Jumping platform

A Jumping platform is a naturally occurring or human-made surface for people to jump from. It is usually situated above sufficiently deep water, or above mats, a box-spring matress, piles of empty cardboard boxes, or other soft landing surfaces, or they may be used together with other means of dampening the impact (such as for example, platforms for bungee jumping). Children often improvise platforms, either on a large scale (at abandoned quarries) or on a smaller scale (e.g. by moving a desk next to a bed, to jump onto the bed from the desk).

Contents

Platforms for cliff jumping

Man and woman jumping off a cliff at Colliding Rivers, Glide, OR.

For cliff jumping, the platform is usually a simple clearing in the bushes and other vegetation along the cliff above a river, ocean, lake, or quarry.

Sometimes railway bridges and other bridges are used as platforms. They can sometimes be distances up to approximately 100 feet above the water.

Abandoned quarries, and deep ponds will often have platforms, whether by design, or by improvisation of the people in the community. For example, platforms will often be affixed to towers in abandoned rail yards, overlooking a deep pond.

Safety and traffic control

Many naturally occurring platforms are unofficial, and simply known among the children in a community. For example, the children are often trespassing on quarry land, or the like, when they use the platforms. Usually the locals check the water to make sure it is deep enough and free of clutter, but there is always the danger of a dead fish or beverage can, bottle, branches, or the like floating near the surface of the water. Bad angle of entry can also cause injury even in the absence of clutter (e.g. broken bones or re-arrangement of internal organs from the impact of the water itself, if landing crooked). Being knocked unconscious by the impact can also lead to drowning.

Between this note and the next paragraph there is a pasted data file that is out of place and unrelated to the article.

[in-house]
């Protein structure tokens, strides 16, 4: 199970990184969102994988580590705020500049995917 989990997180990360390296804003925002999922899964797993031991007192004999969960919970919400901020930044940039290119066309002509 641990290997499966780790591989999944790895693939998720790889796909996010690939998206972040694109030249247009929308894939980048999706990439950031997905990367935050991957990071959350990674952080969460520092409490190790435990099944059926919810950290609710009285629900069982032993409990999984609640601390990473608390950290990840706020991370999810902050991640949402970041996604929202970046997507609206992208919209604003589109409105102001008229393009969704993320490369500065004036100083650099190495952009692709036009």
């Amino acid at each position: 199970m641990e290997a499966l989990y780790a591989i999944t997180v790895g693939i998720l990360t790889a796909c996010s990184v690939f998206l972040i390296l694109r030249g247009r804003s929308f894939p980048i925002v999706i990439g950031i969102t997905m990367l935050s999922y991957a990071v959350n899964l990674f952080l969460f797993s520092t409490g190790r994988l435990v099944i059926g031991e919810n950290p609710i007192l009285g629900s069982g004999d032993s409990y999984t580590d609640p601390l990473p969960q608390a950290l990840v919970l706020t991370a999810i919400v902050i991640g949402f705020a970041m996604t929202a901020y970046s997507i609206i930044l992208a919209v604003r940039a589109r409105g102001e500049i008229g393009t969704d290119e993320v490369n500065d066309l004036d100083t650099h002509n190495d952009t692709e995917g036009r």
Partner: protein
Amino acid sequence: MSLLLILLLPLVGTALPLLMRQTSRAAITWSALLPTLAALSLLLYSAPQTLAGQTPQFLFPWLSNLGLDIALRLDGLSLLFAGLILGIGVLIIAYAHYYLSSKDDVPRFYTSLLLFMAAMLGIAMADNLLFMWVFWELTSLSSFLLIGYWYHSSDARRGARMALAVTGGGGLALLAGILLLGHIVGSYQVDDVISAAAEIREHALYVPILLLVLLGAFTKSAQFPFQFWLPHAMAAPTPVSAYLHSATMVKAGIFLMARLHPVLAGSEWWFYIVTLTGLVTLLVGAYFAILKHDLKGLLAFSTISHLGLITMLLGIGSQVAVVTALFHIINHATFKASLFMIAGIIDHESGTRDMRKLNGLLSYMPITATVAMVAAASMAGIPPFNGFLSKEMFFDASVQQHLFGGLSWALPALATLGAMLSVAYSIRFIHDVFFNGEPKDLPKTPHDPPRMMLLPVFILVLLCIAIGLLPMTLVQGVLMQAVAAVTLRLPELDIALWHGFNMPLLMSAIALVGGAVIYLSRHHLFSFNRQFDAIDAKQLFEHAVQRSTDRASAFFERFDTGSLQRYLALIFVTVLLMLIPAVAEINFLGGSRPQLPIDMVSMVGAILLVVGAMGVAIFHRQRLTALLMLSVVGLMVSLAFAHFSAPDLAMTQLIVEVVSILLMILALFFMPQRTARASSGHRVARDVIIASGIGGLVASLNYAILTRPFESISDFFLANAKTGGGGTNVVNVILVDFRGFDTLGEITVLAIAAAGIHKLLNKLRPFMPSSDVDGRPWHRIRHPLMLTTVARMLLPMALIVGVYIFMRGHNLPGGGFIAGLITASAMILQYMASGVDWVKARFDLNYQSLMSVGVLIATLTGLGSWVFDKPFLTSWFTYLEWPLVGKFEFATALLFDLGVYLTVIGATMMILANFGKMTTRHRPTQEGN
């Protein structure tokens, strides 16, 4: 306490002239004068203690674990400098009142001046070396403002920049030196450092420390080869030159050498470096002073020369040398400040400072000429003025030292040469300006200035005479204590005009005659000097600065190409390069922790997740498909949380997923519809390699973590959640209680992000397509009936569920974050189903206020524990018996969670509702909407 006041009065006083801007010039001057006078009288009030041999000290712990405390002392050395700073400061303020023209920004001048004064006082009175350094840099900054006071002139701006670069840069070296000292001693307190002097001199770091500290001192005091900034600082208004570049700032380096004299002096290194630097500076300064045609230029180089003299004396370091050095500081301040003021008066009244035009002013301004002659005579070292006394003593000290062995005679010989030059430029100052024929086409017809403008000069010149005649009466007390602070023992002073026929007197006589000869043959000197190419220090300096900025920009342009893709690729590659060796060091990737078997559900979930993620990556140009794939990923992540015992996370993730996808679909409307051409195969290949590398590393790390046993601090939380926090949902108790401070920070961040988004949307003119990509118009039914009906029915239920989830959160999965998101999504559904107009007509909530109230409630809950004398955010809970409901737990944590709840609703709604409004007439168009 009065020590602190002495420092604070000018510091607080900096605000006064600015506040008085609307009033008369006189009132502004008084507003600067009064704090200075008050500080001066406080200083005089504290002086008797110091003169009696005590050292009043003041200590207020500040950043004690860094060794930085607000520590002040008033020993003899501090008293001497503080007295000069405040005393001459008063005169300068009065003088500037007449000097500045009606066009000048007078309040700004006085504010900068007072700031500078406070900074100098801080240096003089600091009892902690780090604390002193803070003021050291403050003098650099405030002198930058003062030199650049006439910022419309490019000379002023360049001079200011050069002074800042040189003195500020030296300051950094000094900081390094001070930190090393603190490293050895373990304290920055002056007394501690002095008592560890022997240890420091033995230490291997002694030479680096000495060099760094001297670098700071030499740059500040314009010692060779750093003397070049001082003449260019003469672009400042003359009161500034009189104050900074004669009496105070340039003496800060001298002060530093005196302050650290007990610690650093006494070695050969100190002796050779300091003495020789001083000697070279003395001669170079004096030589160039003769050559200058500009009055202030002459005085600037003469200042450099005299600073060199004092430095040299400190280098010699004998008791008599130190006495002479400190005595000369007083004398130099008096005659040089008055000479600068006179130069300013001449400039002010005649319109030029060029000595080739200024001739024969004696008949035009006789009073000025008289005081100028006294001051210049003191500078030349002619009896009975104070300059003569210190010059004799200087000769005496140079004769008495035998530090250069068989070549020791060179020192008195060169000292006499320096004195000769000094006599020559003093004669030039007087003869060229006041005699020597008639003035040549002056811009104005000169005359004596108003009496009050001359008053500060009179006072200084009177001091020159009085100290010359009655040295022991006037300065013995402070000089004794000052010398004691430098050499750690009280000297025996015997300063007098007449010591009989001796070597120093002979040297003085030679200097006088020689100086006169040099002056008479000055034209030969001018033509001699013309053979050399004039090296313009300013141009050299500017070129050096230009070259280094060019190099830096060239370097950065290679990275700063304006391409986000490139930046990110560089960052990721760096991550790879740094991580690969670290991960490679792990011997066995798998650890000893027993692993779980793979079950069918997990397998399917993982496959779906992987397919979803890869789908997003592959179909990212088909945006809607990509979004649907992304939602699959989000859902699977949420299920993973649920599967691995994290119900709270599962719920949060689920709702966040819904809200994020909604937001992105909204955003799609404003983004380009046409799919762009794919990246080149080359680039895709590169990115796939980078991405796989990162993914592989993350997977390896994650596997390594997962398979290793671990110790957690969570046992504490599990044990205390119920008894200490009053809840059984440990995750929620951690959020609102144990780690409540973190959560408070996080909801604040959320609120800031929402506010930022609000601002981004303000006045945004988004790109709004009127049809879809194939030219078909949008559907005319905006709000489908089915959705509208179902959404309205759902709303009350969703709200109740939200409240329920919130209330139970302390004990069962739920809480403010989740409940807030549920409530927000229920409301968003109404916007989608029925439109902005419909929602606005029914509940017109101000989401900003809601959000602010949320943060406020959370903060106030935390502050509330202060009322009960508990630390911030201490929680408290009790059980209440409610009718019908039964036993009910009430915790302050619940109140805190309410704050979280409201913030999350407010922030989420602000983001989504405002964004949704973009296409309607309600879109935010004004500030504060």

Technique

For cliff jumping, there are several techniques that can be utilized. The main technique involves landing in a pencil shape typically with hands at the sides or above the head. Keeping limbs in results in a freer and more painless entry. Pointed toes and closed mouth also assist in a smooth jump. Some prefer to jump with shoes or sandals, while others jump merely barefoot or naked.

For larger jumps (40 ft +), the angle of entry is critical. To ensure that you always enter the water vertically, it is proper to jump leaning slightly forward, keeping your point of entry in view. Extend your arms for balance. As you fall, gradually tuck in your arms, and bring together your legs. A gradual backward rotation throughout the jump will bring you from your initial forward position to complete a vertical entry. Common errors include backward over rotation, which may lead to butt flops and painful enemas, not tucking in arms or legs, which can leave nasty bruises on big jumps. Generally, the highest jump that should be attempted is 100ft. The world record dive stands at 300ft (90m), set by an English Springer Spaniel.[1]

Keep legs staight with a slight bend at the knees. Locking your legs when taking the pencil shape will cause impact on the knees

References

  1. ^ [1], Springer spaniel survives 300ft fall off Sussex cliff.

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